Don Illingworth clears broom at the summit last summer of Mount Douglas Park. Saanich councillors are worried the grant program is drifting away from supporting groups looking at environmental improvement projects.

Don Illingworth clears broom at the summit last summer of Mount Douglas Park. Saanich councillors are worried the grant program is drifting away from supporting groups looking at environmental improvement projects.

Saanich to take a hard look at community grant policy

Funding rules unclear, open to abuse say councillors

A small but impassioned group of volunteers has clocked thousands of hours removing aggressive ivy, English holly, broom – all invasive species – from Mount Douglas Park over the last six years.

Upwards of 60 hectares of the park have been cleared so far, but Judy Spearing, with the Friends of Mount Douglas Park Society, says there’s always more work to do.

“We have to go back and do secondary sweeps because of how thick (the invasive species are) in some of the areas. And sometimes we get surprise infestations of other invasive species that you wouldn’t think about – garlic mustard, periwinkle, lamium,” she said.

Friends of Mount Doug is one of 13 community groups that received a grant this week through Saanich’s community matching fund program. The program provides financial assistance to projects that benefit Saanich, so long as the group applying matches the municipality’s contribution, through money or sweat equity.

Spearing says she’s glad Friends of Mount Doug successfully lobbied for $1,800, which will be spent on work equipment like tools, gloves and tarps.

“It’s important because as volunteers, you burn out. These tools are critical to preventing injury and making things a little faster and easier,” she said.

While council approved a baker’s dozen worth of grants Monday night – for projects ranging from strings concerts atop Mount Tolmie to youth programs at Shoreline community school – the approvals came with hesitation.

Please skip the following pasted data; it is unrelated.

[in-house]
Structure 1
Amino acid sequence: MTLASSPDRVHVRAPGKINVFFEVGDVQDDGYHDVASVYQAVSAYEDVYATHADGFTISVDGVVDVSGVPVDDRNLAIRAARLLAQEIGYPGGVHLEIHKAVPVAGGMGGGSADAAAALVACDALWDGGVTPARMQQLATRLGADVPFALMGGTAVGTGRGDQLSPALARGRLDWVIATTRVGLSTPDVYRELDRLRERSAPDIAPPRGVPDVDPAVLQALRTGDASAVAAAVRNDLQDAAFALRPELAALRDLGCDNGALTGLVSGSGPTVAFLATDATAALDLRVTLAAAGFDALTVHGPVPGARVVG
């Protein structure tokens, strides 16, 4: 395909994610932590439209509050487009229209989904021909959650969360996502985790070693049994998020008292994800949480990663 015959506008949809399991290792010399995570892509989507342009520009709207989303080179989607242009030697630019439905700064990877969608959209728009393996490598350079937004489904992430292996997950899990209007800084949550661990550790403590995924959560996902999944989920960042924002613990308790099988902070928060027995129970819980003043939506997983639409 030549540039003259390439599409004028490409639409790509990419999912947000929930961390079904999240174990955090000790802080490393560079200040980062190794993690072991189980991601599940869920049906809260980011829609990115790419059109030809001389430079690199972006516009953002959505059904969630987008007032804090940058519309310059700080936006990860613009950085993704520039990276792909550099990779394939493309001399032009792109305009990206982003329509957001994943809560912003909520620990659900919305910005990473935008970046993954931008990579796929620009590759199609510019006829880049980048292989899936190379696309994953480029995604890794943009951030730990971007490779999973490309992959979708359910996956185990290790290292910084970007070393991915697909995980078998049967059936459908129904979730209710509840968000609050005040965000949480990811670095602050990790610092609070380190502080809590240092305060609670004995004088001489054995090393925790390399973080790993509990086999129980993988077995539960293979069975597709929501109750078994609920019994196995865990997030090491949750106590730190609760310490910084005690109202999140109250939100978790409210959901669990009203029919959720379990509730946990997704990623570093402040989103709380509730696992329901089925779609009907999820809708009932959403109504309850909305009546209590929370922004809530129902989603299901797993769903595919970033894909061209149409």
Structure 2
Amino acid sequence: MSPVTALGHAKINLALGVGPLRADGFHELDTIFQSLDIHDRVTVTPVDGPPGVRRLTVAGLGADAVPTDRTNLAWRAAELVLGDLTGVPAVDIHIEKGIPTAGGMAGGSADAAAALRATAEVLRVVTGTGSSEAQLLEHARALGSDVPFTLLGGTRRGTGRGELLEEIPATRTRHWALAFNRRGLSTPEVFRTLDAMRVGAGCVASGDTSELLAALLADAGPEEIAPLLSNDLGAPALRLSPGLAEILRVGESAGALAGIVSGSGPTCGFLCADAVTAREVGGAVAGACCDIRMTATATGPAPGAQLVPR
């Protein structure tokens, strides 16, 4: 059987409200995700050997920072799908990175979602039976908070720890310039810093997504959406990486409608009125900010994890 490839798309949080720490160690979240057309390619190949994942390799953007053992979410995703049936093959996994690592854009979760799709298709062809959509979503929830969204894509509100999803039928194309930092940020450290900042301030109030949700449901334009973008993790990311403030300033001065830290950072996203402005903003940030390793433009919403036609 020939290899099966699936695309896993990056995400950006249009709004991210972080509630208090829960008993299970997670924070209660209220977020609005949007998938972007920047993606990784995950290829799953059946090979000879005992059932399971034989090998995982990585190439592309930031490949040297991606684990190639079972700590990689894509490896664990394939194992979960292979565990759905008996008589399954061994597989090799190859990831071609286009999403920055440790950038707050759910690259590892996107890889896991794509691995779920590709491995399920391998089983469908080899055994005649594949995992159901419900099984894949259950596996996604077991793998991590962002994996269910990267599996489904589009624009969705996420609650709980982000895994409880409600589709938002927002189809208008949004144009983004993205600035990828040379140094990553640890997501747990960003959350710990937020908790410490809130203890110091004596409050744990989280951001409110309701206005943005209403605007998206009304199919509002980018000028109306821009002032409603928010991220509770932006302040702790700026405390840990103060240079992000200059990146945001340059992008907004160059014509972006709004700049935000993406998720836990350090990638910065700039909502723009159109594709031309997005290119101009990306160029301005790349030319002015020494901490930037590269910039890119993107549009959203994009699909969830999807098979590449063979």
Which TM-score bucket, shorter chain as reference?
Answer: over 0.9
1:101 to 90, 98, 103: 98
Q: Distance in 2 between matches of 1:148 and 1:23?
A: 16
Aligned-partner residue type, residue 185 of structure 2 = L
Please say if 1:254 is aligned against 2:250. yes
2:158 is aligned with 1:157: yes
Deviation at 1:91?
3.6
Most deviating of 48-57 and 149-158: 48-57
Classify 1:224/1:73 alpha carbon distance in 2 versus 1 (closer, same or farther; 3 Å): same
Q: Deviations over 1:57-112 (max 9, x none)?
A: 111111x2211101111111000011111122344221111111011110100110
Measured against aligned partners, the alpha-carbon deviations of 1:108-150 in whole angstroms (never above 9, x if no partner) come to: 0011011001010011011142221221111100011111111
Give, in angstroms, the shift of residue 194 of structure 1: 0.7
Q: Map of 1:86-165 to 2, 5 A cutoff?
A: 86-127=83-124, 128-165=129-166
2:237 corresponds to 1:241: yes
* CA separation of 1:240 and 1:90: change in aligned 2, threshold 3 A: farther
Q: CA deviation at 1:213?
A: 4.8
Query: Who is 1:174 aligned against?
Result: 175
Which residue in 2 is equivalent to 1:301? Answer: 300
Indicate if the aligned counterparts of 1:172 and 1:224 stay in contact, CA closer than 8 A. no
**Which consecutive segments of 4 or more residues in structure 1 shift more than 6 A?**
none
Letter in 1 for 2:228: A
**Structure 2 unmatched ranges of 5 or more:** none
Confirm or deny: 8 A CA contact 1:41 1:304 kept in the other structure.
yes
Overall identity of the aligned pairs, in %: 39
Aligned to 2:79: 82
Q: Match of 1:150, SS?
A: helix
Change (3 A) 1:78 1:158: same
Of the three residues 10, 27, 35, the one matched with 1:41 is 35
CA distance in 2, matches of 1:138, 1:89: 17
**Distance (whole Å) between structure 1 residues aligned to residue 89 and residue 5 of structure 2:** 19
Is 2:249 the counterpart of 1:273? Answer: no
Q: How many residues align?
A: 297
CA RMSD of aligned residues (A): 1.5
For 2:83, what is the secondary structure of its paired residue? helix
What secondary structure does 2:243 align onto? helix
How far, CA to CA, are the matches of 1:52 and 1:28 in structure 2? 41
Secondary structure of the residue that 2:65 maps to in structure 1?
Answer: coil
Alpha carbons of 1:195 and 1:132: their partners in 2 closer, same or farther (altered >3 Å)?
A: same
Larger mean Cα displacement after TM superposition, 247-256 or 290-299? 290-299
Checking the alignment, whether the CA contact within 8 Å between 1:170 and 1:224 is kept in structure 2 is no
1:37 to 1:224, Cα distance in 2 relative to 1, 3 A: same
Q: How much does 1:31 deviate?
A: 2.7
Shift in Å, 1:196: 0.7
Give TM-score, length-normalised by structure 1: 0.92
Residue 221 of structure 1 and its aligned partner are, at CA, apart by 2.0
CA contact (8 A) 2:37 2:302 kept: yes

“Some of the types of applications we’re receiving have mutated to something different now,” said Coun. Vicki Sanders. She noted that the fund began in 2002 as a way to assist community associations with environmental improvement projects and build neighbourhood features like benches and notice boards.

Matching grants shouldn’t go to pay for such requests as “a bouncy castle for Cadboro Bay Fest,” Sanders said. She also raised concerns, echoed by her fellow councillors, that some groups may be taking advantage of an ambiguous and unclear granting policy.

Coun. Vic Derman, pointing to Shoreline’s application, says that request appears aimed more at offsetting an operating budget.

“As I understand it, there weren’t specific projects being identified – it was more ongoing services they wanted funding for,” Derman said of the View Royal school’s application.

Coun. Nichola Wade, noting that four of the 13 projects were to buy equipment for invasive species removal in different parks, suggested creating a community where the tools can be shared among different volunteer groups.

Council unanimously asked staff to review the language in the grant policy, to see how it can be refocused to clarify council’s intentions behind issuing grants.

“If we’re going to be make the investment, it’s important to understand what we’re trying to get out of it,” Sanders said.

In total, council approved $11,900 worth of community matching grants Monday night.

Spearing says while the money will be a huge help in improving Mount Douglas’ natural look, the group is always in need of more volunteers.

For a calendar of ongoing invasive species removal projects around the municipality and when volunteers meet, visit volunteer opportunities in Saanich.

kslavin@saanichnews.com

 

 

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